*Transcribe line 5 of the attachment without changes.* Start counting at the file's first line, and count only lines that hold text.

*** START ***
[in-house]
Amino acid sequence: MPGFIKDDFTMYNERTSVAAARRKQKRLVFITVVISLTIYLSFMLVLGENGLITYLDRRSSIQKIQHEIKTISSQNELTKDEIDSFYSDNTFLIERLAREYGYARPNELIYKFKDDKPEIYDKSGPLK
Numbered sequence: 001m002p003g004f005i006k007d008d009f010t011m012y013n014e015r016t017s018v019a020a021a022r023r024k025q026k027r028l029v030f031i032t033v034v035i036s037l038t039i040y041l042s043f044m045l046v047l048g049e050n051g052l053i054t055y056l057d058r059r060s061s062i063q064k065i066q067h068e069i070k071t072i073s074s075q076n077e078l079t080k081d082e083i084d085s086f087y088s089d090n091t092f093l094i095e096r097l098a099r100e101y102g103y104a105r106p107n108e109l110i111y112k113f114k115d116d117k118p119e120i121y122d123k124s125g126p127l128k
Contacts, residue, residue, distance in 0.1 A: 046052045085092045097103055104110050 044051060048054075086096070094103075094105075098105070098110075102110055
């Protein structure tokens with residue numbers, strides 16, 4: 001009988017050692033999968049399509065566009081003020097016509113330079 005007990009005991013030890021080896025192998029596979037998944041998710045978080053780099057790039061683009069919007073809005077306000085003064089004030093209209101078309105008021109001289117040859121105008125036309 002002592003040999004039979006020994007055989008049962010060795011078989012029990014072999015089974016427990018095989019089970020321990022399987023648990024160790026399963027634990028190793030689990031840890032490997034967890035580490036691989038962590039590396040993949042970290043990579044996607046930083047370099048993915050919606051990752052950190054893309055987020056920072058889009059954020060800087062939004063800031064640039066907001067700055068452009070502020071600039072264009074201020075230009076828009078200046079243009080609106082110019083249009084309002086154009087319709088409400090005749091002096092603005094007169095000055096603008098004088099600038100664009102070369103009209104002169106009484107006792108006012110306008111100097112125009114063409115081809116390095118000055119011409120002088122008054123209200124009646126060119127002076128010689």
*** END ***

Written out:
């Protein structure tokens with residue numbers, strides 16, 4: 001009988017050692033999968049399509065566009081003020097016509113330079 005007990009005991013030890021080896025192998029596979037998944041998710045978080053780099057790039061683009069919007073809005077306000085003064089004030093209209101078309105008021109001289117040859121105008125036309 002002592003040999004039979006020994007055989008049962010060795011078989012029990014072999015089974016427990018095989019089970020321990022399987023648990024160790026399963027634990028190793030689990031840890032490997034967890035580490036691989038962590039590396040993949042970290043990579044996607046930083047370099048993915050919606051990752052950190054893309055987020056920072058889009059954020060800087062939004063800031064640039066907001067700055068452009070502020071600039072264009074201020075230009076828009078200046079243009080609106082110019083249009084309002086154009087319709088409400090005749091002096092603005094007169095000055096603008098004088099600038100664009102070369103009209104002169106009484107006792108006012110306008111100097112125009114063409115081809116390095118000055119011409120002088122008054123209200124009646126060119127002076128010689």